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My teeth were firmly gritted for most of the recent USA v Romania match. If I relaxed my jaw, the string of profanities to come out would be like one of those magician’s handkerchiefs.

It was not just the Eagles’ play that made me think the match could look better. Watching the Eagles fall behind 20-0 and ultimately lose 23-10 was the source of most of, but not all of, the frustration. Also frustrating were the camera angles and degree of zoom being used. This is not a frustration that is limited to this match.

In talking with my brother, Ethan, for The Carter Divide—the podcast that is an ongoing conversation between a die hard fan and relatively novice fan—it is clearer to me now more than ever that how a match is presented on the screen makes a big difference in whether it will be interesting to fringe or new fans. 

I have never worked in television, so my suggestions are likely slightly naïve. However, I remain confident that those with expertise could still use the principles and make this idea work.

The basic idea is that people are making choices about how matches are shown without fully understanding the effect of the decisions and what a “best case scenario” might look like. There are choices that can be made in how to present a match that will increase the production value without increasing production cost.

World Rugby should invest in a How-To guide for broadcasting rugby matches. Currently, there is no standard. In plenty of places around the world, the crews working these matches are not rugby fanatics. Even in places where production crews have lots of experience working in rugby, some matches look better than others.

To create this guide, select a match in a competition like the Green King IPA Championship—the standard of play is good, the venues are good but not huge stadiums so the lessons learned can be widely applied, and it should be possible to work out the rights. 

Spend the money to double (or more likely increase by a third) the cameras normally used in, say, an Aviva Premiership match. Vary the height and angles of the cameras.

During the match, hire two directors to run the broadcast, each independent of the other. Instruct one to work utilizing many close-ups and narrow shots. Instruct the other to work with wide shots showing lots of the field at once.

After the match, create a match tape that does not use all of the cameras, but uses the best combination of shots from a set number of cameras. So if a typical Aviva Premiership match uses 10 cameras in a production, put together a tape using 10 of the, say 15, available cameras.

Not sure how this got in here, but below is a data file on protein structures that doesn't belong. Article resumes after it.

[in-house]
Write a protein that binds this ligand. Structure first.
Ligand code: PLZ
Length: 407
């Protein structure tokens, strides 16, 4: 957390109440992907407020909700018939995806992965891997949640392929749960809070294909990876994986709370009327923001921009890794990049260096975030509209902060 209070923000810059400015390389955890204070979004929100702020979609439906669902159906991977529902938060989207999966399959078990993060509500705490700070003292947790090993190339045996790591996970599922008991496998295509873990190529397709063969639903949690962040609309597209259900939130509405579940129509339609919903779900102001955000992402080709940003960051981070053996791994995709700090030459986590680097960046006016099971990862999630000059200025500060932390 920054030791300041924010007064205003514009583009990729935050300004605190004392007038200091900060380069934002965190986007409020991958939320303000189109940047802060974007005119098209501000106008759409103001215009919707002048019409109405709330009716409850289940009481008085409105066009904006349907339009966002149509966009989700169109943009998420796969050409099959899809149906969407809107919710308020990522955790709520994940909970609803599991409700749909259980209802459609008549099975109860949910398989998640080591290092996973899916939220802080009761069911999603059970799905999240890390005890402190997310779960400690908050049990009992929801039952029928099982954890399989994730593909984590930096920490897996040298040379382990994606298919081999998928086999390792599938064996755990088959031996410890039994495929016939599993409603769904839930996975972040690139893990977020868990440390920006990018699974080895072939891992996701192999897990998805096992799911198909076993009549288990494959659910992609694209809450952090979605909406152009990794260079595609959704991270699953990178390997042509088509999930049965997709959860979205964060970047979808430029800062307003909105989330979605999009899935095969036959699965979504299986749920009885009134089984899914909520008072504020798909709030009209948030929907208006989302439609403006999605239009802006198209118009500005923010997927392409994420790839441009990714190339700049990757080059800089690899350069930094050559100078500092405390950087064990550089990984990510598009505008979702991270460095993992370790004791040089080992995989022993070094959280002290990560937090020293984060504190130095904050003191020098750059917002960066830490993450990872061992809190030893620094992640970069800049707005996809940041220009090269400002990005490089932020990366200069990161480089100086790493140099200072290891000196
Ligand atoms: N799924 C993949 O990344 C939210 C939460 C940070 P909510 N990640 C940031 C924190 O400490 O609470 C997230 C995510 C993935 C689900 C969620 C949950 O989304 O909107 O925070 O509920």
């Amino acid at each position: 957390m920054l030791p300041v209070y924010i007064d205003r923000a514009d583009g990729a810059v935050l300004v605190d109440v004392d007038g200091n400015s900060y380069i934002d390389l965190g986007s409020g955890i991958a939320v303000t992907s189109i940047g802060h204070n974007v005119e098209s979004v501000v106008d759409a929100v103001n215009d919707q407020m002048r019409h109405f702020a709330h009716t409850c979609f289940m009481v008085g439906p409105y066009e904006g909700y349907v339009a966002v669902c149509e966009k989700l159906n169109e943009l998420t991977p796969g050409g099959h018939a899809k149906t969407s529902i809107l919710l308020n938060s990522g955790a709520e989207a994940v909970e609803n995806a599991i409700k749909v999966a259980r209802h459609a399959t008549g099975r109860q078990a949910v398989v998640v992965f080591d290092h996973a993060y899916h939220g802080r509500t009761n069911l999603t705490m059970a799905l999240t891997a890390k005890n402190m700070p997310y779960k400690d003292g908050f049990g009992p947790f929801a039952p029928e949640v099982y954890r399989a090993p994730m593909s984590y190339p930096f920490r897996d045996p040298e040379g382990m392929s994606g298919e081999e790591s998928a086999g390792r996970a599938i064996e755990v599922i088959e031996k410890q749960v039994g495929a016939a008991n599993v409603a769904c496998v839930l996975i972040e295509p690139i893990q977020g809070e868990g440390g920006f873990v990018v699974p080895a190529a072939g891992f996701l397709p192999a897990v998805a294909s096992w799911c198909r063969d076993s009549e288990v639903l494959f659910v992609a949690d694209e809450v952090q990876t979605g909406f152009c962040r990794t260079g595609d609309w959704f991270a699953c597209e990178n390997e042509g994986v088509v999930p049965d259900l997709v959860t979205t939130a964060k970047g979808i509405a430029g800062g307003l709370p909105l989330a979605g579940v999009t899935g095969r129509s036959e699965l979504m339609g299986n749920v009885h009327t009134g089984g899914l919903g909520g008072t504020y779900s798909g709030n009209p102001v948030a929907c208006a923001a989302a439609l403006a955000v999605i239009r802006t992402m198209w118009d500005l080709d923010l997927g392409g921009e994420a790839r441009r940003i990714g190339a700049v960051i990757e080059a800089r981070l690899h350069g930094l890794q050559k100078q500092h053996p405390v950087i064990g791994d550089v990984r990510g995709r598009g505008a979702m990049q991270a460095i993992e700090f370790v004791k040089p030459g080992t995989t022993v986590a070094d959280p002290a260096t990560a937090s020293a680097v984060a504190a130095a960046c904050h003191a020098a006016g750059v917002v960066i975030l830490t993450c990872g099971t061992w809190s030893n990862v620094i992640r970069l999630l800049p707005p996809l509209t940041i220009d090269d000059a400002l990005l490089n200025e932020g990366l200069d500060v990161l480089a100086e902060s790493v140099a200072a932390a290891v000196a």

Getting input from different kinds of viewers about what combination of shots make the game most compelling would not be easy, but would be ideal.

This experience should lead to a better understand of how different a match looks depending on the decisions of the producer and director. World Rugby can then create a document with recommendations and could share the different match tapes. The document can include clear information such as height of the cameras used. 

It is in everyone’s interest to increase the number of rugby fans around the world. One way to do that is to make a match like USA v Romania look as good as possible. 

My assumption is that the game is easier to follow and more interesting when the viewer is able to see a large piece of the field and most of the players. I would love to know if those not already invested in the sport agree with me.

For instance, in the second half, the Eagles had at least two occasions when a forward made a little pop pass from the base of a ruck to another forward. The idea was Forward A pops to Forward B. Forward B carries into contact. Forward A is immediately there to clear out. The scrum half then has quick, clean ball to work with. If things go well, the ball is quick and the defense is on their heels when the scrum half makes his pass.

When the camera only shows the ruck, and nothing of what is happening off the ball, there is no way for someone who doesn’t already understand the game to understand what is happening. “Why did that one big guy just run into that other big guy? Shouldn’t they really be trying to move the ball forward? It looks like they just want to be tackled.”

Here is Blaine Scully with a strong carry. A close up of Scully running over a scrum half does my heart good. However, without the close up, the viewer would have been able to anticipate that contact and enjoy it even more. Beyond that, when Nate Augspurger plays the ball from the ruck, there is no way to know what his options are before he makes the pass.

There is a good reason teams want to use drones at training. A ground level, close-up is not what is needed to show and understand what is really happening. Far too often, a player kicks from hand and the television (or streaming) audience has little to no sense of why because we cannot see where his support players are and how well the opposition has prepared for a kick. We don’t need to see facial expressions as the ball is kicked; we need to see the field and where the players are on it.

This problem is an instance when no one is acting badly, but things still need to be better. Directors, producers, camera operators all want to do a good job. In many places, though, television sports professionals don’t know what a good job looks like for a rugby broadcast.

The investment cost to create this How-To guide seems to be double what it would cost to produce one match, given the additional staffing and equipment, plus some more for additional editing and sharing information through the appropriate channels. In terms of growing the game, this is a worthy investment.